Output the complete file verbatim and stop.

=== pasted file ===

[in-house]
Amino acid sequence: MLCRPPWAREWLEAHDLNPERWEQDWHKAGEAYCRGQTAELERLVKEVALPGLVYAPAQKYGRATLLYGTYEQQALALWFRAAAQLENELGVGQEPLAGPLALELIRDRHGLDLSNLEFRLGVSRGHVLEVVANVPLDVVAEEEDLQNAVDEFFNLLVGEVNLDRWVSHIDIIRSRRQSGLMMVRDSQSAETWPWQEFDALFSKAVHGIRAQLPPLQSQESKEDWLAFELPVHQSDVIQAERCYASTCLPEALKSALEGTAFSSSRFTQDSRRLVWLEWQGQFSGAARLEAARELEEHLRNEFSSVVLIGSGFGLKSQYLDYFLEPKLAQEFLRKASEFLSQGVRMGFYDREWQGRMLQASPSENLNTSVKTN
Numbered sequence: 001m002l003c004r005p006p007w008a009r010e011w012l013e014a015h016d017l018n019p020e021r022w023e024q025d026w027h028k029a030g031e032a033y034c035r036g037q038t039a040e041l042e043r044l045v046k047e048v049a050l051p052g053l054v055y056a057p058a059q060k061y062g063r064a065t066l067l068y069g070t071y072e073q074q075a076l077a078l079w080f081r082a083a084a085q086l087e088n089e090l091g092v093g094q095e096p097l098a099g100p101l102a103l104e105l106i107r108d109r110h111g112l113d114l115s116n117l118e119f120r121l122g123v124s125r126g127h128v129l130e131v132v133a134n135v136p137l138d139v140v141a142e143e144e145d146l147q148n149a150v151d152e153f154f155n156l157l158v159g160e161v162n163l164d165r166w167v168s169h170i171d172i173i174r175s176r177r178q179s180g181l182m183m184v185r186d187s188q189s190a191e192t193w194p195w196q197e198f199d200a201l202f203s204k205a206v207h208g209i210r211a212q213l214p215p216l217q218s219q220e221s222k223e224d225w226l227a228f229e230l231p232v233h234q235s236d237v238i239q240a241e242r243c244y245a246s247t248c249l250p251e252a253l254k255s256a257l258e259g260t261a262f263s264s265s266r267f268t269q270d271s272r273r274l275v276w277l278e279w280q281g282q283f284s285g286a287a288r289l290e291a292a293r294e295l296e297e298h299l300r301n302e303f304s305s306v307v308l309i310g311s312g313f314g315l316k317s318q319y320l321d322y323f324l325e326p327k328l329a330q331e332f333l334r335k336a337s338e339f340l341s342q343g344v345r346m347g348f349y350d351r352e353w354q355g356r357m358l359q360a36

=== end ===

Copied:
[in-house]
Amino acid sequence: MLCRPPWAREWLEAHDLNPERWEQDWHKAGEAYCRGQTAELERLVKEVALPGLVYAPAQKYGRATLLYGTYEQQALALWFRAAAQLENELGVGQEPLAGPLALELIRDRHGLDLSNLEFRLGVSRGHVLEVVANVPLDVVAEEEDLQNAVDEFFNLLVGEVNLDRWVSHIDIIRSRRQSGLMMVRDSQSAETWPWQEFDALFSKAVHGIRAQLPPLQSQESKEDWLAFELPVHQSDVIQAERCYASTCLPEALKSALEGTAFSSSRFTQDSRRLVWLEWQGQFSGAARLEAARELEEHLRNEFSSVVLIGSGFGLKSQYLDYFLEPKLAQEFLRKASEFLSQGVRMGFYDREWQGRMLQASPSENLNTSVKTN
Numbered sequence: 001m002l003c004r005p006p007w008a009r010e011w012l013e014a015h016d017l018n019p020e021r022w023e024q025d026w027h028k029a030g031e032a033y034c035r036g037q038t039a040e041l042e043r044l045v046k047e048v049a050l051p052g053l054v055y056a057p058a059q060k061y062g063r064a065t066l067l068y069g070t071y072e073q074q075a076l077a078l079w080f081r082a083a084a085q086l087e088n089e090l091g092v093g094q095e096p097l098a099g100p101l102a103l104e105l106i107r108d109r110h111g112l113d114l115s116n117l118e119f120r121l122g123v124s125r126g127h128v129l130e131v132v133a134n135v136p137l138d139v140v141a142e143e144e145d146l147q148n149a150v151d152e153f154f155n156l157l158v159g160e161v162n163l164d165r166w167v168s169h170i171d172i173i174r175s176r177r178q179s180g181l182m183m184v185r186d187s188q189s190a191e192t193w194p195w196q197e198f199d200a201l202f203s204k205a206v207h208g209i210r211a212q213l214p215p216l217q218s219q220e221s222k223e224d225w226l227a228f229e230l231p232v233h234q235s236d237v238i239q240a241e242r243c244y245a246s247t248c249l250p251e252a253l254k255s256a257l258e259g260t261a262f263s264s265s266r267f268t269q270d271s272r273r274l275v276w277l278e279w280q281g282q283f284s285g286a287a288r289l290e291a292a293r294e295l296e297e298h299l300r301n302e303f304s305s306v307v308l309i310g311s312g313f314g315l316k317s318q319y320l321d322y323f324l325e326p327k328l329a330q331e332f333l334r335k336a337s338e339f340l341s342q343g344v345r346m347g348f349y350d351r352e353w354q355g356r357m358l359q360a36